Is the atmosphere visible? All that is intelligible is audible and visible in the finer sense of these words. Our ears may not hear it, yet we may feel that we have heard it; our eyes may not see it, and yet we may feel that we have seen it. What is audible is visible, and what is visible is audible at the same time; it is only to our senses that it is either audible or visible. If a certain thing appeals to our sense of sight, it makes an impression upon that sense and our sense of hearing does not pay any attention to it; and if a thing appeals to our sense of hearing our sense of sight does not take any interest in it. This is because two senses cannot both experience something fully at the same time.
Even when two senses perceive a thing simultaneously, what they experience at that time will not be a full experience. Only the experiencing of everything through one sense at a time can give satisfaction. But apart from experiencing fully through two senses, do not think that it is an exaggeration to say that even two eyes cannot see as fully as one eye. When we close one eye in order to see a thing more clearly, we see it much better, we get a fuller vision of it; for fuller experience needs a single ray of penetration, which reveals the nature, the secret, and the mystery of the object one looks at. One particular sense is capable of experiencing vibrations according to its own capacity, and the vibrations which appeal to a particular sense engage that sense which experiences them; the other senses experience the same, but indirectly, through the sense which is actually experiencing them.
The visible atmosphere is called the aura. Those who do not feel its vibrations sometimes see it in the form of colors or light. There are some quite unevolved people who see auras for the same reason that some very unevolved people also communicate with spirits, which is really something that only an evolved person should venture upon. But they are made like that by nature, and it is the same as someone who has never been trained in the technique of art yet he draws a beautiful picture. It is in the person, it is a gift, it is his finer soul and his nervous temperament that are susceptible to finer vibrations.
The aura therefore may be called a visible atmosphere, or the atmosphere an invisible aura. Just as different degrees of the vibrations of the atmosphere have a distinct influence upon the person who perceives them, so the different colors of the aura have their particular effect upon those who see this aura. There are many who are not yet awakened to perceive an atmosphere, to see an aura, although they will feel it in the depths of their being; they cannot help it.
This shows us that there is another world besides the world that our physical eyes can see and whose sound our physical ears can hear, and it is not even very far away. We live in it and we feel it and we are influenced by it, whether we know it or not. This is the world of the atmosphere, which is finer than the physical world, though in a sense it is physical too. It is something we feel, it is something that will touch our body; and though the body may not perceive it, yet it is influenced by it. The mind perceives it more clearly. And if we are asked to what plane atmosphere belongs, we can only say that it is a bridge between the physical and the mental planes; it is on both planes.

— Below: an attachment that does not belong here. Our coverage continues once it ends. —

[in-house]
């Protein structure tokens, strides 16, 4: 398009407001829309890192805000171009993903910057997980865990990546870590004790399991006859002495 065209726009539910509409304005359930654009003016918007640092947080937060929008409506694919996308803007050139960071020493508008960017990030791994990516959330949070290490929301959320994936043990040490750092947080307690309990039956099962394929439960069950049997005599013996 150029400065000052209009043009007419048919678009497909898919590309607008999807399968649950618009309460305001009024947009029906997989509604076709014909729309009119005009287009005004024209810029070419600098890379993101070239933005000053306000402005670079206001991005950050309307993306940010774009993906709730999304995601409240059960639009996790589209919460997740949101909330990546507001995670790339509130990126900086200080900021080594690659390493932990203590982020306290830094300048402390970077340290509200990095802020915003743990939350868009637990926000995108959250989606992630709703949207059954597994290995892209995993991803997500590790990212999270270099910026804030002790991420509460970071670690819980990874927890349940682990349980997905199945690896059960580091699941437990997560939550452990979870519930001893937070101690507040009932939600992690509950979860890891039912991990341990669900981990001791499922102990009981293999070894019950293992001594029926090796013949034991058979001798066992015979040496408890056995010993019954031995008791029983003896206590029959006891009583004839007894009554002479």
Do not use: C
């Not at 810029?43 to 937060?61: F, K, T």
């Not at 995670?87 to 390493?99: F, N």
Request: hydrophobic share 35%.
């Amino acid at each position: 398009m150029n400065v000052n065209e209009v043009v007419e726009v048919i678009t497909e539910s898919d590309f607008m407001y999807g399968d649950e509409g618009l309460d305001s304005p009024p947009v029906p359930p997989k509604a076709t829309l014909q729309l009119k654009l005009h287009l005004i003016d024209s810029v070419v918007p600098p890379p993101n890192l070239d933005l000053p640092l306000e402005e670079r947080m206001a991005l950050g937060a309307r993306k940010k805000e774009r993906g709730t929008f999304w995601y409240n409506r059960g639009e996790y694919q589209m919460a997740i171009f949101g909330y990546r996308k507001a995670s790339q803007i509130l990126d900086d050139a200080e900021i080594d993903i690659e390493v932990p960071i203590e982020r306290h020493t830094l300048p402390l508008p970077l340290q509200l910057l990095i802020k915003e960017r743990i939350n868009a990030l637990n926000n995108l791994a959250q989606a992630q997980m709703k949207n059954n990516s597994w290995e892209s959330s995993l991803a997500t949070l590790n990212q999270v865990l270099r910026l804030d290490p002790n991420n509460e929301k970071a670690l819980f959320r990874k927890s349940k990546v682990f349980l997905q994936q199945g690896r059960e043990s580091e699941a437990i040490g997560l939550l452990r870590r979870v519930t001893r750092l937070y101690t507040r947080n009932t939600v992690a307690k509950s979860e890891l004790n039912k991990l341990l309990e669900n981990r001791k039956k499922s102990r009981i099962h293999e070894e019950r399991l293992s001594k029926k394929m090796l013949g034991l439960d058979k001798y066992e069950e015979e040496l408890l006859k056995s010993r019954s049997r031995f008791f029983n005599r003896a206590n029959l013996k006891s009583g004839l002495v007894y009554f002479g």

The Sufi Message, vol. XI, “Philosophy, Psychology, Mysticism”
Philosophy, chap, v
From ‘Pages in the life of a Sufi ‘ Musharaff Moulamia Khan
Page 150 regarding dervishes in New Delhi
‘We gathered many remarkable impressions from these poor homeless people , who ask for nothing and scarcely require covering or shelter in the heat or in the cold. There was one I saw lying on the ground , so poor and apparently insignificant , that I asked myself what his life could be worth to him or to anyone else.
At once the answer came. A cloud of sweet perfume enveloped me , the incense from that sweet and saintly soul; and I knew that here was a pure and perfect being of great spiritual power.
And in my thought I bowed to him, asking pardon that I could have had such an idea of him , even for a moment .We spoke no word, but there was an understanding at once between us , and I felt again that strange uplifting that all beauty and perfection give ; an uplifting that fills one with the sense of the value of human life , and with an optimism that assures one that all is yet well, in spite of the injustice and cruelty in the world.’
a favourite story
Thank you Azim for sharing this inspiring beautiful story.